Akil Mitchell was one of the best in those categories over the past three seasons, and his contributions in the paint will be dearly missed. But the Cavaliers are in wonderful shape for the foreseeable future with Mike Tobey, Anthony Gill and Justin Anderson.
Virginia Commonwealth Rams
Strength: On-ball defense
For three consecutive seasons, Briante Weber has ranked No. 1 in the nation in steal percentage. Consequently, VCU has also been tops in the country in steal percentage for three straight years.
The Rams are more than just one ringleader, though. There were seven players last season who had at least 28 steals, and five of them will be back for another year of Havoc.
With the graduation of Juvonte Reddic, VCU's defense may need to be even more aggressive than ever. The Rams don't have a single returning player taller than 6'6" who logged more than 9.0 minutes per game last season.
Unless Mike Gilmore and Justin Tillman are ready to make an immediate impact as freshman power forwards, this may be the smallest VCU team since the 2006-07 squad that went 28-7 and beat Duke in the NCAA tournament.
Wichita State Shockers
Strength: Sheer offensive efficiency
Losing Cleanthony Early—Wichita State's leading scorer and rebounder—could be a tough pill to swallow. It was his 31-point effort that even gave the Shockers a chance at knocking out Kentucky in the round of 32.
Fortunately, Early was only the fifth-most efficient player on the team.
Early had an O-rating of 117.7—good for 207th in the nation. However, Tekele Cotton (118.2), Darius Carter (118.8), Ron Baker (120.9) and Fred VanVleet (130.3) were all more efficient than Early. All four of those players will be back for another season.
And at least in the case of Baker, we're expecting even bigger things this season.
After he served as one of the team's primary catalysts during the 2013 NCAA tournament, expectations for Baker's sophomore season were so high that his 38.0 percent three-point shooting almost felt like a disappointment.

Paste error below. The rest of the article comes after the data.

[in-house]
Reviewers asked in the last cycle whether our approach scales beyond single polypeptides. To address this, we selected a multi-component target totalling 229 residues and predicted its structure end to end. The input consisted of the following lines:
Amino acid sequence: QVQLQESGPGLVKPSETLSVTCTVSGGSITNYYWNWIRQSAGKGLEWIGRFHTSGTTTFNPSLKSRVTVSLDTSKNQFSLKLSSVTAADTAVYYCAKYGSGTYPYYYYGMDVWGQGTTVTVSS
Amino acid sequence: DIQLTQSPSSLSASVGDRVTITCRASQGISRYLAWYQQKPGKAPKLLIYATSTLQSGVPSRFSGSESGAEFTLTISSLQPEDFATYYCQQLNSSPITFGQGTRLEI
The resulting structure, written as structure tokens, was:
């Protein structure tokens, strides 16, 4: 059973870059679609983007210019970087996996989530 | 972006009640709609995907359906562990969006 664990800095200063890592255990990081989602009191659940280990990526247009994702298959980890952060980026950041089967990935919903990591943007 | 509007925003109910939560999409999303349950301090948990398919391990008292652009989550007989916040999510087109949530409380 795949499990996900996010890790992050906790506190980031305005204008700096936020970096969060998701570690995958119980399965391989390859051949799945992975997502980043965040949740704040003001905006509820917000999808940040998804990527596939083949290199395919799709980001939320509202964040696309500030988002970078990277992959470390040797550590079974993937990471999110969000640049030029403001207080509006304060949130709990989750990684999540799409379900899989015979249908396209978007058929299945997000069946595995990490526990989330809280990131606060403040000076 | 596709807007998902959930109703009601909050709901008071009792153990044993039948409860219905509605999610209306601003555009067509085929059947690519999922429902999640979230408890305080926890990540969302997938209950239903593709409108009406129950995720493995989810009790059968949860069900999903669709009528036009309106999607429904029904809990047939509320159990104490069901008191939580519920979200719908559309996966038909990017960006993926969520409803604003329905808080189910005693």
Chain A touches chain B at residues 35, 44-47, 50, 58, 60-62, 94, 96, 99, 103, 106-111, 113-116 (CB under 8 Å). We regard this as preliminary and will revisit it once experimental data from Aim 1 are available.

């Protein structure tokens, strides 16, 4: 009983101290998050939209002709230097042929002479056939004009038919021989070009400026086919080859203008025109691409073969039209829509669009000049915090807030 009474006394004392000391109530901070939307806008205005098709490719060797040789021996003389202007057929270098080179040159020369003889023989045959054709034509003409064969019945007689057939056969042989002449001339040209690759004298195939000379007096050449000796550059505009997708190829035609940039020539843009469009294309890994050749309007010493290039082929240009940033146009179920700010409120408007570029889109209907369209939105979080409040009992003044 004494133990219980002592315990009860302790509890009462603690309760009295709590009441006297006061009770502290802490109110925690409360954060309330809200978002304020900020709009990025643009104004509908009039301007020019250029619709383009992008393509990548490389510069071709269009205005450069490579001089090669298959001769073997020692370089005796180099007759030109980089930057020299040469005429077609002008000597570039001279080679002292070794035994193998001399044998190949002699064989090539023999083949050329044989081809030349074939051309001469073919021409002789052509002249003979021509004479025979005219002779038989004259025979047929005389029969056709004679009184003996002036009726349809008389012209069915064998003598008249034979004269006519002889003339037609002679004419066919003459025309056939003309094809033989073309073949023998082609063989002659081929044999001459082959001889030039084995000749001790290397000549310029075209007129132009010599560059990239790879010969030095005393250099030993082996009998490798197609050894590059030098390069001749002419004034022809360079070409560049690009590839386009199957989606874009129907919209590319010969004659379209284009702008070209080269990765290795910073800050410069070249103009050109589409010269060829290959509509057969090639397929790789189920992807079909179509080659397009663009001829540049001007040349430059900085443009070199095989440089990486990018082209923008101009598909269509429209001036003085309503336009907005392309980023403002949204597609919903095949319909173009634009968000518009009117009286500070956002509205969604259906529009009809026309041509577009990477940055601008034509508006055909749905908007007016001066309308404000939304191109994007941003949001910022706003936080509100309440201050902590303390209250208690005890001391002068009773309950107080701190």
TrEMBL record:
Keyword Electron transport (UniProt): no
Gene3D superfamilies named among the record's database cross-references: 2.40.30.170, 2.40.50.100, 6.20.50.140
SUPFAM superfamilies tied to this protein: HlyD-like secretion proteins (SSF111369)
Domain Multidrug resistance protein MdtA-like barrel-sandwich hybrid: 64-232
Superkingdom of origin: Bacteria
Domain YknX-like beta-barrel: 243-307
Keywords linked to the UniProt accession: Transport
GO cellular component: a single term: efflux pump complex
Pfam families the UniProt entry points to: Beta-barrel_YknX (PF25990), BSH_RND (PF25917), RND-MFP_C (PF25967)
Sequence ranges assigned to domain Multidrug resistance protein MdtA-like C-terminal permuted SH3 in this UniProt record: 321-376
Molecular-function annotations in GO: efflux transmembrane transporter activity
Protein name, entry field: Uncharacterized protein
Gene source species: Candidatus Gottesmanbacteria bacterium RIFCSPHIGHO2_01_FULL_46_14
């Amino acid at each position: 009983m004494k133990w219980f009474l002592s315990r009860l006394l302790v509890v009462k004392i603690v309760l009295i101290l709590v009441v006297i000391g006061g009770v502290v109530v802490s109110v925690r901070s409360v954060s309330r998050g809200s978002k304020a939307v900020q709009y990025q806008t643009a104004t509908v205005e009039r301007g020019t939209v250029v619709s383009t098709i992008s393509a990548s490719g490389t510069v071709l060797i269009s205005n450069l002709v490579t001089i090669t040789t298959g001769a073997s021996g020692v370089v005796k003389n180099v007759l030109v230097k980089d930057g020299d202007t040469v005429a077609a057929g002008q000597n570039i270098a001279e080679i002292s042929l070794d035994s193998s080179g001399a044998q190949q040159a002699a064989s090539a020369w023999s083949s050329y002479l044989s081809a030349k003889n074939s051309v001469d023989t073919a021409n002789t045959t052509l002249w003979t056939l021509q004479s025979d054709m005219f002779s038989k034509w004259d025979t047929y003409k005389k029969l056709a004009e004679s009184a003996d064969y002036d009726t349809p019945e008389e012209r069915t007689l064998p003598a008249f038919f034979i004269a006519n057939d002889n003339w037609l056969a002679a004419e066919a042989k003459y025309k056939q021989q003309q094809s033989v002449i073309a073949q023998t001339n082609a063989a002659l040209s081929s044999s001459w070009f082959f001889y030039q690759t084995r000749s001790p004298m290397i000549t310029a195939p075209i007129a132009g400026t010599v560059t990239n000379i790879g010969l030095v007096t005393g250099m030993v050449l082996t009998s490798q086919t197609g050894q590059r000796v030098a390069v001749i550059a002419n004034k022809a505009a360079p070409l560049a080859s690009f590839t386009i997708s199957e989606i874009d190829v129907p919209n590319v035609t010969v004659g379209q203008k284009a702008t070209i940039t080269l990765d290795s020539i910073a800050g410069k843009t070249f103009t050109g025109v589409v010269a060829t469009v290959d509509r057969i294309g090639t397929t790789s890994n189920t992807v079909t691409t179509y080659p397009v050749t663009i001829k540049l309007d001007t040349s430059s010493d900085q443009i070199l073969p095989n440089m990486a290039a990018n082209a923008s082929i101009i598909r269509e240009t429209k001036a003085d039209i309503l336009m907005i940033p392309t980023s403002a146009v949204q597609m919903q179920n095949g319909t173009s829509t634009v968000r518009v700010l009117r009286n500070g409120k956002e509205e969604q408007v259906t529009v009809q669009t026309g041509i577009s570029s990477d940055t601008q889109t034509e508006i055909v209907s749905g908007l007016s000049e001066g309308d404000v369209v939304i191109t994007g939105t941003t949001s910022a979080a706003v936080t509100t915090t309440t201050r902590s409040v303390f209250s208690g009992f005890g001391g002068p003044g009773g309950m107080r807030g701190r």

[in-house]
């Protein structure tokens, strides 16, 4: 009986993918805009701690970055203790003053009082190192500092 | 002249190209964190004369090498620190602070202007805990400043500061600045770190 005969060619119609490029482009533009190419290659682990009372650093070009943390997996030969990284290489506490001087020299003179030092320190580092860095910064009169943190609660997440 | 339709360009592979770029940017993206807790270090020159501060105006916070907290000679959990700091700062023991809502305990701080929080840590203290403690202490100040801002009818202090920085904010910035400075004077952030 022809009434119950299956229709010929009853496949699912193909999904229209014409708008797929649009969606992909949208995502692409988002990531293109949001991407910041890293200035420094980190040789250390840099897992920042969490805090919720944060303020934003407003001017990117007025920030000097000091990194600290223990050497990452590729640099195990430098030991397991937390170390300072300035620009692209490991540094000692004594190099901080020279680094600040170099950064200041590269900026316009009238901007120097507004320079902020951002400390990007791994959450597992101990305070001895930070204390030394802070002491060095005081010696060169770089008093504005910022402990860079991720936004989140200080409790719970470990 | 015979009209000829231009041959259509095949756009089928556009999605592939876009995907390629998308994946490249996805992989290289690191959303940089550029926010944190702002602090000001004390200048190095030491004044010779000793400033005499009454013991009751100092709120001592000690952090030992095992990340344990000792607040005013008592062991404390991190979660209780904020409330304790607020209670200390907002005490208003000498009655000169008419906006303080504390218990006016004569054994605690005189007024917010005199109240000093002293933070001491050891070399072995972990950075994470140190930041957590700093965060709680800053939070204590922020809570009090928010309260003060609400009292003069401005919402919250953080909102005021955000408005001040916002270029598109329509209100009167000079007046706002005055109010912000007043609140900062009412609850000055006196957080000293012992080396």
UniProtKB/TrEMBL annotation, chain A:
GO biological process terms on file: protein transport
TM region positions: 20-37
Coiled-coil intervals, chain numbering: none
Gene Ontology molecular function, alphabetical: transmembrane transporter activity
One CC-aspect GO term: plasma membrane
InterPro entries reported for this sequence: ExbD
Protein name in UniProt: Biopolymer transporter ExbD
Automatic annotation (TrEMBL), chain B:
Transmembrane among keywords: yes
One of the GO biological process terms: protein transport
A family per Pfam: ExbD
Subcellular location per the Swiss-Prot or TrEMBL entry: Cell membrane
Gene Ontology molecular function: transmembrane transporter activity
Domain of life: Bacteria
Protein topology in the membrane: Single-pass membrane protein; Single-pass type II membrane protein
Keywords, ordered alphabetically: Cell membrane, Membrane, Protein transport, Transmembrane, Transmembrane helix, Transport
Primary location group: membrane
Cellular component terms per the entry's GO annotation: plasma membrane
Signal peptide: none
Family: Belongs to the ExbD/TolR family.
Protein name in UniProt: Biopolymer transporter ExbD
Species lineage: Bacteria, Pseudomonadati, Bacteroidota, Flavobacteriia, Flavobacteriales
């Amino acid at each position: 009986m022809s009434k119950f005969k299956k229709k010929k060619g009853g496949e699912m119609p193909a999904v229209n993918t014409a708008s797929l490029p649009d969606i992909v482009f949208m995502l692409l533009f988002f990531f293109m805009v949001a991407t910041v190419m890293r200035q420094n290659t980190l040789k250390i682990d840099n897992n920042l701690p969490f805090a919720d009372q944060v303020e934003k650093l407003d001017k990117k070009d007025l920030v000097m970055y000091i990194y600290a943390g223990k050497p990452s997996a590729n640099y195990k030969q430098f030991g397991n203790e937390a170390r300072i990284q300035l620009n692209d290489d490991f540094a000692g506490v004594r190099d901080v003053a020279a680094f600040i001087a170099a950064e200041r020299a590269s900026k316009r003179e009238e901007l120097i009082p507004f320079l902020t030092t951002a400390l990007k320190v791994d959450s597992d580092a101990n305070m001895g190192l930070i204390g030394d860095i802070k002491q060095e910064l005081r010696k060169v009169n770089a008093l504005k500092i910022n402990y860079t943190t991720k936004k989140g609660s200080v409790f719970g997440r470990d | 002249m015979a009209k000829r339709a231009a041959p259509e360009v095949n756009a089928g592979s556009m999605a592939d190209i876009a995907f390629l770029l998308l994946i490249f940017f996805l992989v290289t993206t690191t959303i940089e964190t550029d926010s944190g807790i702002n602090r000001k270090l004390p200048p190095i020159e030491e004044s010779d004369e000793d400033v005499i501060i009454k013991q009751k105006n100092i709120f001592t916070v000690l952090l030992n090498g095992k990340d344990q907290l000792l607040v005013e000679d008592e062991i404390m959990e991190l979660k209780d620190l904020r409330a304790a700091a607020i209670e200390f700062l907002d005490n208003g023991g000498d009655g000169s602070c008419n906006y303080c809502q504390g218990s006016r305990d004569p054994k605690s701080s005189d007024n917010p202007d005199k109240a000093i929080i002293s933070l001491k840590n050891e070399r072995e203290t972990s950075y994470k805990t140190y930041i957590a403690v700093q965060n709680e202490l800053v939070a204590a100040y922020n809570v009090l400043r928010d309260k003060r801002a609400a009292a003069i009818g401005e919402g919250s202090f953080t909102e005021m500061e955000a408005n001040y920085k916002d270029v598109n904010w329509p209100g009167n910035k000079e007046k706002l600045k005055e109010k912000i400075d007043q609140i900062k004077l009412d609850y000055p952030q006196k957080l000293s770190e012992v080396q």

If he can ratchet up that percentage a few points into the low 40s, he and VanVleet could be two of the most valuable players in the entire country.
Strength: Ball control
Almost every single year, Wisconsin is one of the most efficient teams in the country.
It's not because of lights-out shooting or hard-nosed defense that creates a lot of steals and blocked shots. It's because the Badgers are simply the most fundamentally sound team in the country.
On offense, the Badgers ranked second in the nation in turnover percentage by coughing up the ball just once every eight possessions, per KenPom.com. It was their sixth consecutive season ranking in the top five in that category.
On defense, they defend without fouling and restrict passing lanes. Last season, they ranked third in the nation in defensive free-throw rate by limiting their opponents to just 27.1 free-throw attempts for every 100 field-goal attempts. They also ranked third in defensive assist rate, allowing an assist on just 39.8 percent of opposing field goals.
They also limited second-chance opportunities by ranking 15th in the country in defensive rebounding percentage.
Ben Brust graduates this summer, leaving as the best player on the team at limiting both turnovers and fouls. But this program is still in great hands between Traevon Jackson, Josh Gasser, Sam Dekker and Frank Kaminsky.
Kerry Miller covers college basketball for Bleacher Report. You can follow him on Twitter @kerrancejames.